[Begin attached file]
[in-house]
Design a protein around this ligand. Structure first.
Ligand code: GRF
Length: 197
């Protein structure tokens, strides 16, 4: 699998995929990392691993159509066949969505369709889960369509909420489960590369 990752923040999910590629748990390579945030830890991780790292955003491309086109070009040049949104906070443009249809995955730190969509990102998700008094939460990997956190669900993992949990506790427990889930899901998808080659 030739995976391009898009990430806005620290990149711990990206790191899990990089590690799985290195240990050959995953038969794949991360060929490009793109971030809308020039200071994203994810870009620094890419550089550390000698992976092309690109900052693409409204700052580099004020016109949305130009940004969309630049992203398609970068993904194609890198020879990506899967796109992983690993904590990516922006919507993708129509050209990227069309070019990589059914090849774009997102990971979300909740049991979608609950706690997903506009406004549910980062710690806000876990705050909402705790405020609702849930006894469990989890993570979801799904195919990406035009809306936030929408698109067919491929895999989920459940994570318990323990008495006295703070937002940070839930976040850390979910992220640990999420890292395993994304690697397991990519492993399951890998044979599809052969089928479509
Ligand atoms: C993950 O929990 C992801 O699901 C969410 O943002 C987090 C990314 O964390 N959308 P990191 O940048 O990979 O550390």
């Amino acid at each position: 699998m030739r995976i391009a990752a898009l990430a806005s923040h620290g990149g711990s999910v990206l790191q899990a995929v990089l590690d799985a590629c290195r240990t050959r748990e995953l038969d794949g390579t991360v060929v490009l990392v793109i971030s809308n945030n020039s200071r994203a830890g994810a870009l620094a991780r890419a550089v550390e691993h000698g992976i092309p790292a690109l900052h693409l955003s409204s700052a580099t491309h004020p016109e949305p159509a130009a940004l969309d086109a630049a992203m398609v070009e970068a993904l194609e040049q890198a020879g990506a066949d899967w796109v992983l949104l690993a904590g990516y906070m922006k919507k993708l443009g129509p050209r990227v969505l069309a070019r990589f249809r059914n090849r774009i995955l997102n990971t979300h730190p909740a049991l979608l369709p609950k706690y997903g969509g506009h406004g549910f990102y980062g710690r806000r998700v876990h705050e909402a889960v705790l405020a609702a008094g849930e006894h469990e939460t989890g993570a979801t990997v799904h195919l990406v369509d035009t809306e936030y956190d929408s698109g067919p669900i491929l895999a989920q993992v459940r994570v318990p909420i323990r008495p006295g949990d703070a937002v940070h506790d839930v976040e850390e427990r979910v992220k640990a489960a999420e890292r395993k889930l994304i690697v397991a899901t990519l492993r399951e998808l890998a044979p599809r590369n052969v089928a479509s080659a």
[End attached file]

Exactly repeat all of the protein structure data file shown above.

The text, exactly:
[in-house]
Design a protein around this ligand. Structure first.
Ligand code: GRF
Length: 197
């Protein structure tokens, strides 16, 4: 699998995929990392691993159509066949969505369709889960369509909420489960590369 990752923040999910590629748990390579945030830890991780790292955003491309086109070009040049949104906070443009249809995955730190969509990102998700008094939460990997956190669900993992949990506790427990889930899901998808080659 030739995976391009898009990430806005620290990149711990990206790191899990990089590690799985290195240990050959995953038969794949991360060929490009793109971030809308020039200071994203994810870009620094890419550089550390000698992976092309690109900052693409409204700052580099004020016109949305130009940004969309630049992203398609970068993904194609890198020879990506899967796109992983690993904590990516922006919507993708129509050209990227069309070019990589059914090849774009997102990971979300909740049991979608609950706690997903506009406004549910980062710690806000876990705050909402705790405020609702849930006894469990989890993570979801799904195919990406035009809306936030929408698109067919491929895999989920459940994570318990323990008495006295703070937002940070839930976040850390979910992220640990999420890292395993994304690697397991990519492993399951890998044979599809052969089928479509
Ligand atoms: C993950 O929990 C992801 O699901 C969410 O943002 C987090 C990314 O964390 N959308 P990191 O940048 O990979 O550390």
């Amino acid at each position: 699998m030739r995976i391009a990752a898009l990430a806005s923040h620290g990149g711990s999910v990206l790191q899990a995929v990089l590690d799985a590629c290195r240990t050959r748990e995953l038969d794949g390579t991360v060929v490009l990392v793109i971030s809308n945030n020039s200071r994203a830890g994810a870009l620094a991780r890419a550089v550390e691993h000698g992976i092309p790292a690109l900052h693409l955003s409204s700052a580099t491309h004020p016109e949305p159509a130009a940004l969309d086109a630049a992203m398609v070009e970068a993904l194609e040049q890198a020879g990506a066949d899967w796109v992983l949104l690993a904590g990516y906070m922006k919507k993708l443009g129509p050209r990227v969505l069309a070019r990589f249809r059914n090849r774009i995955l997102n990971t979300h730190p909740a049991l979608l369709p609950k706690y997903g969509g506009h406004g549910f990102y980062g710690r806000r998700v876990h705050e909402a889960v705790l405020a609702a008094g849930e006894h469990e939460t989890g993570a979801t990997v799904h195919l990406v369509d035009t809306e936030y956190d929408s698109g067919p669900i491929l895999a989920q993992v459940r994570v318990p909420i323990r008495p006295g949990d703070a937002v940070h506790d839930v976040e850390e427990r979910v992220k640990a489960a999420e890292r395993k889930l994304i690697v397991a899901t990519l492993r399951e998808l890998a044979p599809r590369n052969v089928a479509s080659a």